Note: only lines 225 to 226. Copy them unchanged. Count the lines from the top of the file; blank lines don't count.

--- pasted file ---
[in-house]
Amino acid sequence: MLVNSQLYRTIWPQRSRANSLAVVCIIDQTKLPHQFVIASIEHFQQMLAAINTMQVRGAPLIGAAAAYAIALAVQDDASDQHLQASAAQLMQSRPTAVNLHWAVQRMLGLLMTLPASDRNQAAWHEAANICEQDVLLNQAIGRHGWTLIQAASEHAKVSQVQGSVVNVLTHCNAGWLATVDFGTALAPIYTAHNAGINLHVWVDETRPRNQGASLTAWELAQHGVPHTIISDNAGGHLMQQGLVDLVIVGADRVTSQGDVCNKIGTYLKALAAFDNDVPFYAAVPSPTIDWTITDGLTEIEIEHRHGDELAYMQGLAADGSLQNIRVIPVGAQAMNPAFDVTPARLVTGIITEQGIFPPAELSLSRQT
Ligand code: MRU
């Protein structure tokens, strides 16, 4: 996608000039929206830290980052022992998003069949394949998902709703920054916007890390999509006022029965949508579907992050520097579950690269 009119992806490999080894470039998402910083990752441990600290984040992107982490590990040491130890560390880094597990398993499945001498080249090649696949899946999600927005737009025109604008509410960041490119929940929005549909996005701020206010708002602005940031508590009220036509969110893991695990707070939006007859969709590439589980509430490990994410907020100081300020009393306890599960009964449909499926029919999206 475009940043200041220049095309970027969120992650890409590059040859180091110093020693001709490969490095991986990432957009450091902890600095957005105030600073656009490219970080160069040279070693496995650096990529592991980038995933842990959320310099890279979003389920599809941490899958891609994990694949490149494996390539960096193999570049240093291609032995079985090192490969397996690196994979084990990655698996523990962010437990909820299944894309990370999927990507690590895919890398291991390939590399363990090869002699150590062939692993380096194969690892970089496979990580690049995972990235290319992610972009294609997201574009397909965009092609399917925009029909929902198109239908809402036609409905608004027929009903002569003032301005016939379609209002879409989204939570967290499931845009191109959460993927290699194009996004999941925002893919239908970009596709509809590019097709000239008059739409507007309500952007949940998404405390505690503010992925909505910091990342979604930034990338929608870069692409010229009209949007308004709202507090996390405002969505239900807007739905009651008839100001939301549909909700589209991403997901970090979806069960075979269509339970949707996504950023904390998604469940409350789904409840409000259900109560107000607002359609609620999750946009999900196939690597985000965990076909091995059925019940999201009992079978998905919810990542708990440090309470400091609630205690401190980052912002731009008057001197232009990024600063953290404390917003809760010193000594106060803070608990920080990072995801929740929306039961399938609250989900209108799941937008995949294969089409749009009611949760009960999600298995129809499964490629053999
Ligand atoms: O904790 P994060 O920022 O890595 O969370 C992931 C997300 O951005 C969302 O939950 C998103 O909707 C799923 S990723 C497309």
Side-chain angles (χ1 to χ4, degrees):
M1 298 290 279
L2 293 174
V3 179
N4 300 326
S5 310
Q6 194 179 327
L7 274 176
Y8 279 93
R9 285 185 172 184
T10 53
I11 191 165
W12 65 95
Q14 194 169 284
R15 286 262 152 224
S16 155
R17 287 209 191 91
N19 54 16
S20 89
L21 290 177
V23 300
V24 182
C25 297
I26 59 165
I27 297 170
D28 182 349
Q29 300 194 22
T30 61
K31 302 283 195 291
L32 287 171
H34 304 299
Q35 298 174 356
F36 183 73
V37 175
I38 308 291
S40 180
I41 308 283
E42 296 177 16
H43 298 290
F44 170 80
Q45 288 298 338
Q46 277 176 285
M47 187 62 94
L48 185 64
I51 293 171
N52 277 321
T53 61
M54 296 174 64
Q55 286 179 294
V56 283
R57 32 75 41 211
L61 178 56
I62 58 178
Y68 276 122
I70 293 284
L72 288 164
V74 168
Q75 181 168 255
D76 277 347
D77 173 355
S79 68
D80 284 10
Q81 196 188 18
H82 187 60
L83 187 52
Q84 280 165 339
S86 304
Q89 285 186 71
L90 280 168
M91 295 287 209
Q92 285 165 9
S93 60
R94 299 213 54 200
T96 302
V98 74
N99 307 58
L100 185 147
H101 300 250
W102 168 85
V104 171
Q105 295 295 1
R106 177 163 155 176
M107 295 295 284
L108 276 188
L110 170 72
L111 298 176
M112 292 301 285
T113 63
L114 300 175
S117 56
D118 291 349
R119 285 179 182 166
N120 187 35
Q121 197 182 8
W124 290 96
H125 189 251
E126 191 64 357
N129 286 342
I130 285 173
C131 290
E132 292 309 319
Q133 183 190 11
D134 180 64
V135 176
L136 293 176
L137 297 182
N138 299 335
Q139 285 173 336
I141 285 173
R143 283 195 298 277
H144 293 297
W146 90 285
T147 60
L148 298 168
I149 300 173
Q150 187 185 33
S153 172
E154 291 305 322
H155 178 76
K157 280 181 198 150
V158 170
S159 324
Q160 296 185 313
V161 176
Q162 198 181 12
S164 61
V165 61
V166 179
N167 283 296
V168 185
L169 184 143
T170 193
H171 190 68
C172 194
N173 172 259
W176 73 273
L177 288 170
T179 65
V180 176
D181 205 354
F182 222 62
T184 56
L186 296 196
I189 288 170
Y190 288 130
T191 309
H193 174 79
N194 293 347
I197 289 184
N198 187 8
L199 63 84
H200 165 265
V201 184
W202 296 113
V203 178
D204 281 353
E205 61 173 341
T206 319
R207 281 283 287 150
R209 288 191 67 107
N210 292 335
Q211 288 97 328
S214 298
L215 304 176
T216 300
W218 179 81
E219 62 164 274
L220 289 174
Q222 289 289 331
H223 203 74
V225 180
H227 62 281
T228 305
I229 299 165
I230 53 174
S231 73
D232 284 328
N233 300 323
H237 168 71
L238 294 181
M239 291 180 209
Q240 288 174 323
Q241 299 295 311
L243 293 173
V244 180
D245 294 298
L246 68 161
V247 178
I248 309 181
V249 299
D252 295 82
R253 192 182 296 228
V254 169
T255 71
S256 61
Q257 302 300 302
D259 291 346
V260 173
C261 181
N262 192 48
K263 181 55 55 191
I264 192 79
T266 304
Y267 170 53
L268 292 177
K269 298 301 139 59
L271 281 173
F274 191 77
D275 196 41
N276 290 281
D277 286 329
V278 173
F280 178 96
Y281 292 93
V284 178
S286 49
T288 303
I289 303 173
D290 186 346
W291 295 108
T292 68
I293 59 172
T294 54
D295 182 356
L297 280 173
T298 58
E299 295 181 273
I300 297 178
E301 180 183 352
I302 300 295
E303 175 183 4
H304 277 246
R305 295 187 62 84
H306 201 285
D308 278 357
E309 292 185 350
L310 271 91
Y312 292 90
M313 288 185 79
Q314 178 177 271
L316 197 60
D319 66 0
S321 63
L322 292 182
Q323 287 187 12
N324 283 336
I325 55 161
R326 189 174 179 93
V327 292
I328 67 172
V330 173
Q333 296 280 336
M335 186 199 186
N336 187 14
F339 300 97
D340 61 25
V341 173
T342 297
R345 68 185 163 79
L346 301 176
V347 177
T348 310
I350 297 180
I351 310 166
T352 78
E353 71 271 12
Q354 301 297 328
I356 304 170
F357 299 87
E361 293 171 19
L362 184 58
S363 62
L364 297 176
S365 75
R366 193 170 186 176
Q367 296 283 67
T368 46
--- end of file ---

W291 295 108
T292 68